I work at a tech company that has great Diversity & Inclusion intentions, but — like many tech companies — faces occasional internal challenges. An idea that came up recently, sparked by a tweet, was to configure Slackbot, the friendly neighborhood Slack autoresponder, to gently poke at people if they used words that are problematic in a gender, race, or ableist way.
We threw these words into the Slackbot list, but with the wording softened a little. For example:
“Guys” is a word we try not to use here. Consider an alternative: team, folks, everybody, friends, gang, crew, colleagues.
For reasons beyond the scope of this blog post, the Slackbot responses got shut down. This made many people sad.
BUT! It turns out you can set up your own version of keyword response. There’s a handy-dandy feature in your personal preferences that lets you define alert words.
With this feature enabled, any time someone (including yourself!) uses one of the words you’ve defined as problematic, you get a little ping and highlight:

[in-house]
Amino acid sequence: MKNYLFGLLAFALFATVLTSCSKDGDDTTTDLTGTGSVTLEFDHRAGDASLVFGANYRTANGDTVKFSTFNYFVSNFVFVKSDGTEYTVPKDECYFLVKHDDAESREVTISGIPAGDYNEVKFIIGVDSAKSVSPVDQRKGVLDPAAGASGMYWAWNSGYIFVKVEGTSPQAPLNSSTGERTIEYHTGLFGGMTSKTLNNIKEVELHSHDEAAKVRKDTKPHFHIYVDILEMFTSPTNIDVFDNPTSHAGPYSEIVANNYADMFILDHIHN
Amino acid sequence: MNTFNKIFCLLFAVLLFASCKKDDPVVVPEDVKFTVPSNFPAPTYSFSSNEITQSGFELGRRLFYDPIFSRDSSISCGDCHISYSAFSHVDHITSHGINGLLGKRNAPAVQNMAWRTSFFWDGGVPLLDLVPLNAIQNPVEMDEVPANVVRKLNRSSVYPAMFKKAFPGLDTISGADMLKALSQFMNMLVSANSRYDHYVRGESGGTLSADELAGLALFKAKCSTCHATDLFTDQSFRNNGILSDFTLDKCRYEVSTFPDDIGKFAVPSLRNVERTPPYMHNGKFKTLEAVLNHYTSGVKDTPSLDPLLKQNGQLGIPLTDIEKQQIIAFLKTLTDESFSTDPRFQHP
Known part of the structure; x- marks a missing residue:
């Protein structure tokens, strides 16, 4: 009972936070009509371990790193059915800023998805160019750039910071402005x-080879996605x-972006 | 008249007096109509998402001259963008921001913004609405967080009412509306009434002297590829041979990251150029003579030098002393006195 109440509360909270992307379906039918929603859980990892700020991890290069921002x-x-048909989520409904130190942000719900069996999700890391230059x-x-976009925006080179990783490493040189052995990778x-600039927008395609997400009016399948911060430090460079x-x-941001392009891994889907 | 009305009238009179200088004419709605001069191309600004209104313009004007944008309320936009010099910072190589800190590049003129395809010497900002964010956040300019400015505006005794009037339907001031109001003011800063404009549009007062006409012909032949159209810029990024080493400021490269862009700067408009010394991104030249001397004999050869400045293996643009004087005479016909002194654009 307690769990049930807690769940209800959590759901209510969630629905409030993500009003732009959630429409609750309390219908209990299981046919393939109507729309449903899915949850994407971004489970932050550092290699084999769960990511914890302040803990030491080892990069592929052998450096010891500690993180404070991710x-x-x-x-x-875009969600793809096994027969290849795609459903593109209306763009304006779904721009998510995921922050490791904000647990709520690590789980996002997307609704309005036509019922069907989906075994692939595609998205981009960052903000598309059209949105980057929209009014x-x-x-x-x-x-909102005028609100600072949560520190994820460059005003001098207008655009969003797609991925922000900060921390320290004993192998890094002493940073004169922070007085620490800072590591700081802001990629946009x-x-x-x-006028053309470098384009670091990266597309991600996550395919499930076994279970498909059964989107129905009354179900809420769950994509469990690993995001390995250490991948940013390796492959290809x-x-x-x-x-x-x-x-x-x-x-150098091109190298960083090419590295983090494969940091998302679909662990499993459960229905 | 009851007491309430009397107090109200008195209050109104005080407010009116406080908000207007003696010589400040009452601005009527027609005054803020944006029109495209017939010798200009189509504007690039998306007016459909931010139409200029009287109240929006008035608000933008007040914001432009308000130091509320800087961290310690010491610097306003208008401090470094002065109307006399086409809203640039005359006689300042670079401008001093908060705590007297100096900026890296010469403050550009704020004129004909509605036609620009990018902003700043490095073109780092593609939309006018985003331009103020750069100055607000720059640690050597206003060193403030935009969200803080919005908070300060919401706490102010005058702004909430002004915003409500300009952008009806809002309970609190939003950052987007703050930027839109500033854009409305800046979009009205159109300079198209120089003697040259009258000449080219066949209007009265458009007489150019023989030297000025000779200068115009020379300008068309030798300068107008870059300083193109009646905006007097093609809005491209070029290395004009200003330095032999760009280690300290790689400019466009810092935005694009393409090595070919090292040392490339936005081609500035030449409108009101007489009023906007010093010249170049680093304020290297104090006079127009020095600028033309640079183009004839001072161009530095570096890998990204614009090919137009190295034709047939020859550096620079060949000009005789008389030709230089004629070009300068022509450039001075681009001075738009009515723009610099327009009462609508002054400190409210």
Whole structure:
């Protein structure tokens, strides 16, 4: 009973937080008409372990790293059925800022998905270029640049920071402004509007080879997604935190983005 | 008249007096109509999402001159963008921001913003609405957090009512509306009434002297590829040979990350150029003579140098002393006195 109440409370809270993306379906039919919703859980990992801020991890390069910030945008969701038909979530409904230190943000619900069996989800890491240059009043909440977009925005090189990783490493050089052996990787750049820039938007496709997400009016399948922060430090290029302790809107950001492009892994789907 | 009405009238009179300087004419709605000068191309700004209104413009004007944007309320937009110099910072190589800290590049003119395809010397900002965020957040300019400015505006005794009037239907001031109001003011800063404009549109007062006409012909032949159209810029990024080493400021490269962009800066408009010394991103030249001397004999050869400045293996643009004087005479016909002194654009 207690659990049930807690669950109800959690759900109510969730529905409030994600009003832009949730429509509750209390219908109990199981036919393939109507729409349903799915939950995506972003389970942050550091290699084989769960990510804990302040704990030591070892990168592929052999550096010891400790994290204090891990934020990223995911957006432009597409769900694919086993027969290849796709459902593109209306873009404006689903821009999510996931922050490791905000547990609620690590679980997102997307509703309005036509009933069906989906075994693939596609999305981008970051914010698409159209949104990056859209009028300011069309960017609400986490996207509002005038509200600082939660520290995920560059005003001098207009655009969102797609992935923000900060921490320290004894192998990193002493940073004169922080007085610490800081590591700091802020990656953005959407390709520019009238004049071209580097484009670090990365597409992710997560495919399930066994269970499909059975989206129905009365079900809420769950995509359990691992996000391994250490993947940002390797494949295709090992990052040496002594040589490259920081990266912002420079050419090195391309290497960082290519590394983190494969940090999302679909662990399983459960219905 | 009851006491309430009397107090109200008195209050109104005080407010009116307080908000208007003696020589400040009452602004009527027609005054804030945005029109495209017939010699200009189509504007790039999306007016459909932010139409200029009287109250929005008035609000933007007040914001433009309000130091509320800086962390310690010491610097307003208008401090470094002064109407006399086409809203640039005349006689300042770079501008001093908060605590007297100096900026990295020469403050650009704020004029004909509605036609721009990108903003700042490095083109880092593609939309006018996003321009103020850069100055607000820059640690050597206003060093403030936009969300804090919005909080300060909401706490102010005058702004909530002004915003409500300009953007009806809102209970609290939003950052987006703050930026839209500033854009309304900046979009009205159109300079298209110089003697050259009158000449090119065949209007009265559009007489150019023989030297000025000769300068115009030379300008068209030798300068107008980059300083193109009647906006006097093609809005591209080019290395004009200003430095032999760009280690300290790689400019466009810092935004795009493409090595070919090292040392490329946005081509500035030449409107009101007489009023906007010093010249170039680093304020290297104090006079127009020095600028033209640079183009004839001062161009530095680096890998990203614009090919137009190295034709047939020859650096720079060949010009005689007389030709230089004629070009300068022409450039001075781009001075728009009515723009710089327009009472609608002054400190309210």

This itself doesn’t do anything to help anyone beyond yourself. But what it will do is make you aware of people’s word usage so that you can gently poke that person.
This method of alerting folks isn’t as instant or automated as a Slackbot auto-response. There are a big set of minuses: you need to be a member of the channel, you can only respond when you’re near the computer, and you end up feeling a little like a police officer. But there’s a plus side that I’d argue is even better than the automated Slackbot. It allows you more editorial control in understanding the situation and whether the person is going to respond best to a terse reminder, humor, a larger discussion, or something else.
I definitely encourage you — even if it’s just for noticing and policing your own personal word usage — to set up these keywords in Slack.